Innocence, naivete and trust

I’ve been thinking a lot about trust lately.

In my last relationship I was naive and far too trusting. I believed my ex’s description of himself and his characteristics, and acted accordingly. I believed that he had a good insight into my personality, and wouldn’t say things without good cause. Unfortunately he wasn’t the way he had described himself, and my trust in him made me very vulnerable when he started behaving coldly and erratically. He didn’t intend to harm me, but simply wasn’t the person I trusted him to be.

A necessary part of growing up is developing protective mechanisms that stop us being too deeply affected by the judgement of strangers or people we do not trust or respect. My protections were perhaps weaker than they could have been, but still fairly effective in maintaining a good level of self confidence. The real problem was that my trust in him was strong enough to deactivate them. So I was wide open to the things he said, and believed them far too easily.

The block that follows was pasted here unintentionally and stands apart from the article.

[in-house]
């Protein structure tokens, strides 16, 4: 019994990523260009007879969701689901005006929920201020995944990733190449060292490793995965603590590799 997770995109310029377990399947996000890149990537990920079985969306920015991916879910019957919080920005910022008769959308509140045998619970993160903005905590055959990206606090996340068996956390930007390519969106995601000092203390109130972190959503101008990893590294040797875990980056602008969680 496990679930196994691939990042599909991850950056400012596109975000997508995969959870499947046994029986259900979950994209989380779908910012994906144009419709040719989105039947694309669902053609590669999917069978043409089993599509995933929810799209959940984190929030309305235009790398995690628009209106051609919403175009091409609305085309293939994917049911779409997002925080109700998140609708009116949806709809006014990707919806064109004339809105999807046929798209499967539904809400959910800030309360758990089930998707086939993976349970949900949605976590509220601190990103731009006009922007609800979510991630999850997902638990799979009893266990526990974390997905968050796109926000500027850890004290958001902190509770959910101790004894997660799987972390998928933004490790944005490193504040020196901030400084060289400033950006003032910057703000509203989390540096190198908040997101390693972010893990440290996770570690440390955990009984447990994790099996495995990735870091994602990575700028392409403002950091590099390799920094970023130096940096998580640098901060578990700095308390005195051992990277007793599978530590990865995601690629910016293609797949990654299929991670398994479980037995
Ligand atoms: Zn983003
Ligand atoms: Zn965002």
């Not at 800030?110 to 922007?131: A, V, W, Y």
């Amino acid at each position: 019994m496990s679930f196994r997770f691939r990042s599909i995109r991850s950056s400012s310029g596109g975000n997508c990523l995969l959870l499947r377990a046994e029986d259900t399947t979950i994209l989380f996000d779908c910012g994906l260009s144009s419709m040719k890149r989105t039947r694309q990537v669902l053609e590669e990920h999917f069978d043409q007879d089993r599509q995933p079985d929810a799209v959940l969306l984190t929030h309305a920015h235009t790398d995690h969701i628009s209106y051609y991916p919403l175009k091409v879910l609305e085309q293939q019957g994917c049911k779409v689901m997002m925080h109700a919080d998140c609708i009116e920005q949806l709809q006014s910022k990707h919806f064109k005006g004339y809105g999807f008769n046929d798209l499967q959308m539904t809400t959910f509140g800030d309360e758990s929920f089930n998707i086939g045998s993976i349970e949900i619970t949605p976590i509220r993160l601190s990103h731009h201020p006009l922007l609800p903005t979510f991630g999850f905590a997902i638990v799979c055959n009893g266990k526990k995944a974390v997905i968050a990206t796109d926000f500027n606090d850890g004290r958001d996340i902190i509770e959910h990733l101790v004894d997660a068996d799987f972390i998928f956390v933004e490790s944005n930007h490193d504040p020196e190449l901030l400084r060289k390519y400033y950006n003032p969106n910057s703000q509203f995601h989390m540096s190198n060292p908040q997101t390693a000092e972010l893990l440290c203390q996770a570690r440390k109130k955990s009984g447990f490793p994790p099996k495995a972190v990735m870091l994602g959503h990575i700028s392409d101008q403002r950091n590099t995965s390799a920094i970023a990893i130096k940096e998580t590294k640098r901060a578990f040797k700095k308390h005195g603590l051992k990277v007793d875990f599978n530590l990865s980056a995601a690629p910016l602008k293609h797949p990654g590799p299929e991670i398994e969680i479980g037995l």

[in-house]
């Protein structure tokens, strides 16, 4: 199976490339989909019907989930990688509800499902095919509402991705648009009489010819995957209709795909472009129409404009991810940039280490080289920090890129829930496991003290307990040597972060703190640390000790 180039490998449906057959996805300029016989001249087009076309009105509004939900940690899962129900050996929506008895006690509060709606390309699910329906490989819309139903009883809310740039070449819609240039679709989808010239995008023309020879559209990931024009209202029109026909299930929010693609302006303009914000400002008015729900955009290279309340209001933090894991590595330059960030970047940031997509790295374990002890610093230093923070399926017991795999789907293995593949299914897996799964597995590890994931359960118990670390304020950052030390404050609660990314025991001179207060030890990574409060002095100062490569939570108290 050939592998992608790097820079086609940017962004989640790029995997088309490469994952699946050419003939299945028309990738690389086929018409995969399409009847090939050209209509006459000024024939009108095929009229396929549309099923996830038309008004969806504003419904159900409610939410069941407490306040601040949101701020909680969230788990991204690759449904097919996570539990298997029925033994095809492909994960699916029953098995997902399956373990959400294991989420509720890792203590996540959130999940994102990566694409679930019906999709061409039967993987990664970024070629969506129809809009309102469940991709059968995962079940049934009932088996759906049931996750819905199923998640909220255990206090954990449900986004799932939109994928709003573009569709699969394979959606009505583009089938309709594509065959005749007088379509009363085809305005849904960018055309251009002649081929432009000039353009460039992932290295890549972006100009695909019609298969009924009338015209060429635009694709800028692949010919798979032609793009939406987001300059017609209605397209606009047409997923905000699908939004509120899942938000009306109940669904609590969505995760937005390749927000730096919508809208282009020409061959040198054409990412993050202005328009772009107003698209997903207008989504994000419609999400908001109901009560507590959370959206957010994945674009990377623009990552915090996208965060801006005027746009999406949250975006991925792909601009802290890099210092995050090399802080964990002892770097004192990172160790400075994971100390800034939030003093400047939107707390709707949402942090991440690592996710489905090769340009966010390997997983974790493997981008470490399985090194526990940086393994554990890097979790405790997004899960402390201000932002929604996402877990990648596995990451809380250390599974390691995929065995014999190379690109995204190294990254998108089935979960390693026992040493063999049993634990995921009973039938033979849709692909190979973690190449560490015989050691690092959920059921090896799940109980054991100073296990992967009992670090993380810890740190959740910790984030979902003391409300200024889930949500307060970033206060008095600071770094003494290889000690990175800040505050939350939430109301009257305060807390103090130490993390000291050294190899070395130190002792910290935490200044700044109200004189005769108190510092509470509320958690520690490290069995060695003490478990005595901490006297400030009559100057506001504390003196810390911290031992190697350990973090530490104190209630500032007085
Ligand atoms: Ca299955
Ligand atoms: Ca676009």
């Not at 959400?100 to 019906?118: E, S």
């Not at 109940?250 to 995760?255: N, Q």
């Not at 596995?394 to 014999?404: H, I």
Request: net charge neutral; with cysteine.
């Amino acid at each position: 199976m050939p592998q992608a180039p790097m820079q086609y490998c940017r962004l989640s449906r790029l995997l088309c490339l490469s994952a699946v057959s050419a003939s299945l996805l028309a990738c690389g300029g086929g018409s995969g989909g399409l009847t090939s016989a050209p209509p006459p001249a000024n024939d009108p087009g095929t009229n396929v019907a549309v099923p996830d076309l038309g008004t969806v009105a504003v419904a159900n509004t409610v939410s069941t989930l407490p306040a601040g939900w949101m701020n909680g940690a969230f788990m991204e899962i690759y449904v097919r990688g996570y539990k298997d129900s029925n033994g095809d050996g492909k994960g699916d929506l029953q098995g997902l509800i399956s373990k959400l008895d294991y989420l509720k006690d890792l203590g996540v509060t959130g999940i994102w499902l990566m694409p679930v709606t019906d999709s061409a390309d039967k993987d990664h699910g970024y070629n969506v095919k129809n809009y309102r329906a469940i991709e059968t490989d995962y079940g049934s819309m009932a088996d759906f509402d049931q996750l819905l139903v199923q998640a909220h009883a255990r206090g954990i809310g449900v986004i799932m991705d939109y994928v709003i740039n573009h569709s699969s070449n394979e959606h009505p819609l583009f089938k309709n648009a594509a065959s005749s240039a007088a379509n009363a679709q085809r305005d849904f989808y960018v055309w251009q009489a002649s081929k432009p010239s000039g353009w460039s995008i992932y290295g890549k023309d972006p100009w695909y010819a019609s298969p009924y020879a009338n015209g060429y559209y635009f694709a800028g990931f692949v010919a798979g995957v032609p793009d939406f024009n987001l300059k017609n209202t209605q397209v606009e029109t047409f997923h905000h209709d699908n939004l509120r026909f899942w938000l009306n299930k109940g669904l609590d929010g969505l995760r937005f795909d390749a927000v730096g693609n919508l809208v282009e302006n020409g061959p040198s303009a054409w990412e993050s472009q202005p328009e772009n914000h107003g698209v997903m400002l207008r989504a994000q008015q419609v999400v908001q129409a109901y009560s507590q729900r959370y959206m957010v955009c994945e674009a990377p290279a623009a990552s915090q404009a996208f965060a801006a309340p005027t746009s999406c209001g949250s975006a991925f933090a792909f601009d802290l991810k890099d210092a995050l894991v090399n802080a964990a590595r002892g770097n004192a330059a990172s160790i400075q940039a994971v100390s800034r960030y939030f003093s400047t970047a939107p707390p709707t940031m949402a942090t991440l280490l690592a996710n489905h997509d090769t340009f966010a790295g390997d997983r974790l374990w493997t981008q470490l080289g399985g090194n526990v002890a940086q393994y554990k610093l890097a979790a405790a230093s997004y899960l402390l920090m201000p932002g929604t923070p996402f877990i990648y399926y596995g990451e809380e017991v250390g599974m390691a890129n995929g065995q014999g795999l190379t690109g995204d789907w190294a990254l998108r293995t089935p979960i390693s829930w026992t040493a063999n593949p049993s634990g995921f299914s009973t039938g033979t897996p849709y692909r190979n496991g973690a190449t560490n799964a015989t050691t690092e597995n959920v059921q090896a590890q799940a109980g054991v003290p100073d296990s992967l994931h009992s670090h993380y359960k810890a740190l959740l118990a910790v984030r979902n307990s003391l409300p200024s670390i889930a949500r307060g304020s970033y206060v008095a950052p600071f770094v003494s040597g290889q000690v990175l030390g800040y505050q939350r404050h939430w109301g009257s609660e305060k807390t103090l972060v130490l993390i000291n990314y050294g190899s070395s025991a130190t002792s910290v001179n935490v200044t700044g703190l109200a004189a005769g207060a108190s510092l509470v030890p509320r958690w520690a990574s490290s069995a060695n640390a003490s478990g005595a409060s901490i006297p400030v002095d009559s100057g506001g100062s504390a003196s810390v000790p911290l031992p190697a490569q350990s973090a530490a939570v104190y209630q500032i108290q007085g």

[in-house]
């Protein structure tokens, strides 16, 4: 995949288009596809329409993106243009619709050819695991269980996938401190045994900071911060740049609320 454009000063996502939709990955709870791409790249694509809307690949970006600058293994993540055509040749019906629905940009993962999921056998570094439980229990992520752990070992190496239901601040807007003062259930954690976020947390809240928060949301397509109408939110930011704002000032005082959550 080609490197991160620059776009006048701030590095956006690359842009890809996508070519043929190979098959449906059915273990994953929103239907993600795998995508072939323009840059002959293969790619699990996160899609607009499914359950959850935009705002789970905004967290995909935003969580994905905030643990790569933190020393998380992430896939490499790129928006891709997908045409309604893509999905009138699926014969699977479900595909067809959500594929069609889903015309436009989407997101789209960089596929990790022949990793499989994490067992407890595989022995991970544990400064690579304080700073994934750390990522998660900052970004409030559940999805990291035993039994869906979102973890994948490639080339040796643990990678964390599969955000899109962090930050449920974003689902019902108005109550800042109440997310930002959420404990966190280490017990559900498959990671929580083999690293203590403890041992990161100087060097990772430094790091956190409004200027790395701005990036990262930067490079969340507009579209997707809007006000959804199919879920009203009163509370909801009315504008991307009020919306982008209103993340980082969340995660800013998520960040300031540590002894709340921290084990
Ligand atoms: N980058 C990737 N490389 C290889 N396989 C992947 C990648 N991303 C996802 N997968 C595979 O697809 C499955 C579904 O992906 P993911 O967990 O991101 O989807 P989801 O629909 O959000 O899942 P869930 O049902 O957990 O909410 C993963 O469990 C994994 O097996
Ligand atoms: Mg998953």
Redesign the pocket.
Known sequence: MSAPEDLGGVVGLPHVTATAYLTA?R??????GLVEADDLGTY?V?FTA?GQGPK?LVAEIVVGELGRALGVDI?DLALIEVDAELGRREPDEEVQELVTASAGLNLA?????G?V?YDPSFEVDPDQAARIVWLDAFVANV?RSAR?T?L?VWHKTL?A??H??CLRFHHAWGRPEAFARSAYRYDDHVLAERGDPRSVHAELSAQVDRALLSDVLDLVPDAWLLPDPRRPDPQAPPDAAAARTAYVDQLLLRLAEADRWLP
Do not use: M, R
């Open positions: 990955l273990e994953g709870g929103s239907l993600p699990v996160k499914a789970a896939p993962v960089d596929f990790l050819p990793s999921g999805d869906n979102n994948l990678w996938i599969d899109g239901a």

Ironically, one of his criticisms was that I didn’t trust him enough. And this and similar comments made the situation worse, because they made me try to ignore my fears and question my judgements. Without going into the details, I rapidly reached a point where his advice and judgements had seriously weakened my normally strong self-esteem. It was only after we split up that I began to see how much more his judgements had to do with his fears than with me. Our last conversation confirmed this, demonstrating just how bad the problem had become, and really kick-starting my recovery.

Now that I am well on the way to complete recovery, I am thinking about preparing for future relationships. I am vividly aware of the dangers of trusting too much – but I’m now at risk of falling into the other extreme of not trusting enough. I need to heal my ability to trust and to be open, without allowing myself to become so terribly vulnerable.

To retain my innocence and trust, but not my naivete.